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Julia wonders if Andrew resolved to give her up in 2004. If, in the two weeks since their last rendezvous, he decided that this year he wouldn't resolve to make his bed every morning or to finally submit his stories for publication, but would resolve to give her up even though he never really gave "them" a chance. Even though she's the one who wouldn't care if he ever made his bed, the one who insisted he never do so anyway because, really, after he read her his stories, they wouldn't leave that bed until 2005. (Still. No phone call.)
The 19-year-old blonde has both heavily hairsprayed bangs and grand delusions that one day she will realize her lifelong dream of being the bestest actress on Broadway! What she doesn't realize is that the only way her girlish dream will come true is if she gets her head out of People magazine and into the lap of one of the many agents or producers who every day promise deluded girls just like her, bangs or no bangs, that that's all it takes. Any "talent" you think you have, darling, means squat. So squat you must. (And remember: no teeth!)
Tonight she hates everyone. Tonight, more than ever, she has more hate on her hands than she knows what to do with. Tonight she stews. She stews so thoroughly and so hotly that at 6:30 on the dot, she will be ready to serve herself on a burnt orange Fiestaware platter she bought for a song at a flea market where the seller had no idea what it was worth. Tonight she is a heaping plateful of hot hot hate, garnished with parsley, sage, rosemary, and all the time in the world to dwell on all there is to hate.
Emily spends 20 minutes peeling off her chipped nail polish with her teeth. Instead of spitting the bits into a spittoon like a lady, she swallows them (they don't taste like Cherry Cola, as the little bottle led her to believe). They're in good company in her stomach. There, they mingle with the fingernails she gnawed an hour earlier.
A Certain Someone still hasn't called. She opens her mouth to tearfully curse him aloud to her silent telephone, and out crawls a perfectly manicured hand, which wastes no time slapping her across her flushed face. "Get a grip," it says.
You are supposed to be reading every word I've written online. Mentally seeing my name on a bookspine on an alphabetized shelf. Google searching my name until my name looks like it's spelled wrong. Even searching for photos of me, even if they're from high school 3,000 years ago with feathered hair and a cowlneck. Researching the most obscure of my interests so you can impress me with your initiative by casually dropping the associated jargon into casual tea conversation. All of this: what I do regarding you.
But then again, just a phone call or email would be nice.
Remember, Lisa, remember. Remember, it doesn't matter if you're hungry. If your stomach grumbles a loud reminder and your brain clouds even when confronted with the simplest of addition problems. It doesn't matter that today you've taken in two pots of cold coffee, half a bowl of dry cereal, and a pickle. And don't forget the four cashews you tried to be bold about but which you couldn't allow to stay inside your body. Tomorrow you'll do better, eat less. Remember, all that matters is that even though weighing 60 pounds makes you almost invisible, everyone is finally seeing you.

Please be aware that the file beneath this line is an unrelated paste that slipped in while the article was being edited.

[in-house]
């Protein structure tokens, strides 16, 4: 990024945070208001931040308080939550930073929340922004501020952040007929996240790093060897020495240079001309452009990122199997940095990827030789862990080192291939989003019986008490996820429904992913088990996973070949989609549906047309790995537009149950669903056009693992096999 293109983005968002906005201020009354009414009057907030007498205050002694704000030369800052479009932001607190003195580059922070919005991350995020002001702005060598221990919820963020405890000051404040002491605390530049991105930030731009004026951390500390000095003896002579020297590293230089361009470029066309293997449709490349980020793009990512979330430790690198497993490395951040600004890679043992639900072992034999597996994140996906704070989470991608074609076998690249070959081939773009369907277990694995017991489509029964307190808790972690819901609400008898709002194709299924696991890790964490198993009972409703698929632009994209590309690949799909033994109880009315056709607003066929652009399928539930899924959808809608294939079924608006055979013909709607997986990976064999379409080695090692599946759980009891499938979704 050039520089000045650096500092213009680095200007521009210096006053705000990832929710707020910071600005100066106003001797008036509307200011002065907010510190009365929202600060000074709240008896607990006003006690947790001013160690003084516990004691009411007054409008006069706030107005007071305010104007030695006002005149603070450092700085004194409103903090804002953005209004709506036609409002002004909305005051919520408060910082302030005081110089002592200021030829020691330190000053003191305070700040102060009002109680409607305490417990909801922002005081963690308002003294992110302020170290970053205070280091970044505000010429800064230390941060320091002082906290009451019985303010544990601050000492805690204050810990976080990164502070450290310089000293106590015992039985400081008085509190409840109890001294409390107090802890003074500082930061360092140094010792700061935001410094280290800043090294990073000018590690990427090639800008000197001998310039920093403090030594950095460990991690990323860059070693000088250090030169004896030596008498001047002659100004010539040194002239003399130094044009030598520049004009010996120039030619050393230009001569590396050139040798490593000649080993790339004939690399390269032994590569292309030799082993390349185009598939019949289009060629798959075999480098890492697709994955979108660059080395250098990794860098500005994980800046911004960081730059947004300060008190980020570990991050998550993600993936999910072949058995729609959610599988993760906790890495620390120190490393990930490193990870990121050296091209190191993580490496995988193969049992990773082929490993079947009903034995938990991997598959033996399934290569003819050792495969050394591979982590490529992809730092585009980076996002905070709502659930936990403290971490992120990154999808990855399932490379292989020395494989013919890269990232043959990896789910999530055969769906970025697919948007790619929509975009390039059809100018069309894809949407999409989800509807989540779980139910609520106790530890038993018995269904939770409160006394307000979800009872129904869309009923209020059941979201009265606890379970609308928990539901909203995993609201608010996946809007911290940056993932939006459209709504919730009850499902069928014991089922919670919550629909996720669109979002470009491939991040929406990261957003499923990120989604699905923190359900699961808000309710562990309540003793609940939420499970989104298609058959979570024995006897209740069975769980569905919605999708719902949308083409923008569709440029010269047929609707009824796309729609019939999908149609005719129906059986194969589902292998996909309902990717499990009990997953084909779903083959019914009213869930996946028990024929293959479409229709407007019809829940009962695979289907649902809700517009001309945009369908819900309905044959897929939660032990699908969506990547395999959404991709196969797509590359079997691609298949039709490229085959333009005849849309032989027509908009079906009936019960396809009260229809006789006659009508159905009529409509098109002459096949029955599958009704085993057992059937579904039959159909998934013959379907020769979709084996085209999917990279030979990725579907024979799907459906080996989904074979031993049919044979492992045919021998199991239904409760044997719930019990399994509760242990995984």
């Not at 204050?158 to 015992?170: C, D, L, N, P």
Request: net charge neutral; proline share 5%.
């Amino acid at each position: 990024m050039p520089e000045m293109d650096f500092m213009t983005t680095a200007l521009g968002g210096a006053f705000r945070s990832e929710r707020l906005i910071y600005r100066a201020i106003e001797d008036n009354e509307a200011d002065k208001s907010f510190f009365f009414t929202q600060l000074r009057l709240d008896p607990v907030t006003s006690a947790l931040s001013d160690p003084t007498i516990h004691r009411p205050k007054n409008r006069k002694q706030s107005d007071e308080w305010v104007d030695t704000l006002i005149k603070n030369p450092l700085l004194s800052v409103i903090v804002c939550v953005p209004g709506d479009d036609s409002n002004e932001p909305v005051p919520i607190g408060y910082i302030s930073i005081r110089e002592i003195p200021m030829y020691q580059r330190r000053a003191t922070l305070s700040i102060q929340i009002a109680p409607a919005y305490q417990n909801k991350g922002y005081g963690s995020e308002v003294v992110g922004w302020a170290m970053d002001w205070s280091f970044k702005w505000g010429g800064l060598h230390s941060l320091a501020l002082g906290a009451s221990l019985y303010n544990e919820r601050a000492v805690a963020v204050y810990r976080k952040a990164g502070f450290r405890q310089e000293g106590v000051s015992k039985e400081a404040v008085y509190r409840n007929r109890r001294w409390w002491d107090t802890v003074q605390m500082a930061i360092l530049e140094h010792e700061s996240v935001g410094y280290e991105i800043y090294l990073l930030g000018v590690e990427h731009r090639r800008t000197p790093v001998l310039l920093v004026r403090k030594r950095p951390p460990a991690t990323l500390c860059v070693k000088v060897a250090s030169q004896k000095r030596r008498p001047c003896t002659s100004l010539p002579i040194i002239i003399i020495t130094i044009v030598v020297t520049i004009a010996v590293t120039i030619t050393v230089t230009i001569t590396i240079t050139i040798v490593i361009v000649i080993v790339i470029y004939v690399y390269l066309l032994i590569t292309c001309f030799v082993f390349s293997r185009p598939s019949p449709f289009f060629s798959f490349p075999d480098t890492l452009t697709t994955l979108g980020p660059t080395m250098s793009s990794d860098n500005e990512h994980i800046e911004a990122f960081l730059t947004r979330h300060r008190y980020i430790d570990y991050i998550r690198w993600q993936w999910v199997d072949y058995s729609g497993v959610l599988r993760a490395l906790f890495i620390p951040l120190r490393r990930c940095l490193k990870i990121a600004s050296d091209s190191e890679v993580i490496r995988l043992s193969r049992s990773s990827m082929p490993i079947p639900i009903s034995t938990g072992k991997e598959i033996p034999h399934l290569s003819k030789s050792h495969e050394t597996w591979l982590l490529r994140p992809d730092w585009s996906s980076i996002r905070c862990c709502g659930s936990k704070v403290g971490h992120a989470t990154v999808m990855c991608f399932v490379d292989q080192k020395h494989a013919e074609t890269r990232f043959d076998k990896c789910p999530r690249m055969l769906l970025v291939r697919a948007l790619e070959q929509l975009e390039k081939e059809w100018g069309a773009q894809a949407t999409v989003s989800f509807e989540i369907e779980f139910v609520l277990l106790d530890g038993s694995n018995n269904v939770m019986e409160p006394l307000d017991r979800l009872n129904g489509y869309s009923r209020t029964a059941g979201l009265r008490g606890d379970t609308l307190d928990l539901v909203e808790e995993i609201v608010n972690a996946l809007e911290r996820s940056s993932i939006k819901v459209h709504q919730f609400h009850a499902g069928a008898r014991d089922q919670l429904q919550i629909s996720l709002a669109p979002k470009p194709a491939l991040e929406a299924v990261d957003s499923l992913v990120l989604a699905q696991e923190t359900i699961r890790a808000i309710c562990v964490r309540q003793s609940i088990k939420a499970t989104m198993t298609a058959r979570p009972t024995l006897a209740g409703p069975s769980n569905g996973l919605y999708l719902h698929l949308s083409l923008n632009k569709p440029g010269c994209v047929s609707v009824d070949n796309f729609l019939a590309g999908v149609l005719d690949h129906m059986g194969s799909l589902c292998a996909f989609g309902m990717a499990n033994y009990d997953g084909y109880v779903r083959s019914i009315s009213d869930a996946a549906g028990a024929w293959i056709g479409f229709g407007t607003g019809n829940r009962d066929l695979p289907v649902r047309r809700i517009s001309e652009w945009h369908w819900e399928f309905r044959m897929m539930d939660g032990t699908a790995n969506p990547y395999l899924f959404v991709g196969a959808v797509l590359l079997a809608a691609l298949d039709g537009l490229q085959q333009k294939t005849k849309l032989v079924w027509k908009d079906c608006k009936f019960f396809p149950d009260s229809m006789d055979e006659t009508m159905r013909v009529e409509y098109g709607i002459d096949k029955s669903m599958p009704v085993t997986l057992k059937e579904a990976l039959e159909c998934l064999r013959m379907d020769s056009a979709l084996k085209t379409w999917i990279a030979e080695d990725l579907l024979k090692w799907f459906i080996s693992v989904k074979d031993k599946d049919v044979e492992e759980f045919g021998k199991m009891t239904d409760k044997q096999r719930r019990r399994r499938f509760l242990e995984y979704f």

Hayley and Bailey were the darlings of the local carnival set. Not only were both gjrls born with full heads of hair – growing not from their scalps but from their chins, as beards – they were also gifted hula-hoopsters whose tandem tricks were like nothing anyone in the tri-state area had ever seen or dared to imagine. Somewhere along the line, though, Bailey lost her beard and thus her popularity. But that was nothing compared to what happened to Hayley the day Bailey ran away. And no one ever found out how the barbed wire made its way into her hoop.
Every year Grandma Schenk sent Karen, her only granddaughter, the same gift for her birthday. And every year, Karen stuffed the itchy bright yellow cableknit pullover sweater and itchier bold plaid pants into the back of her bedroom closet, where they joined seven years of identical itchiness that never saw the light of day or dark of night after their initial unwelcome unwrapping. One year Grandma Schenk died a week before Karen's birthday, but still the familiar box arrived on Karen's parents's doorstep on time. Inside were Grandma Schenk's well-worn steel knitting needles, still sticky and warm with her blood.
I put all my eggs in one huge basket and heaved it across the threshold into my house. No sooner had I set foot in the kitchen with this twiggy carryall of warm hen-product than its bottom burst and its contents broke on the speckled linoleum floor. I decided I could either be pissed that they messed up a floor I'd just cleaned or be happy the floor was clean so I could scoop up the mess and salvage it to make a big tasty omelette. Or neither. So I left it there. Someone else could clean it up later.
A month after our last date, he started tossing me smiles like picked-clean bones, as if I were a dog starved for any scrap or bit thrown its way. Bones of a boiled chicken, prone to splintering and lodging in throats (Elizabeth Taylor, Mama Cass), rather than a sturdy T-bone meant to be gnawed by anyone or anything with the teeth, jaw, and muscle to rip through it. For a while I accepted what he threw me, pretending I was content with the imagined essence of long-gone meat. But now? No way. I'm throwing those brittle bones back at him.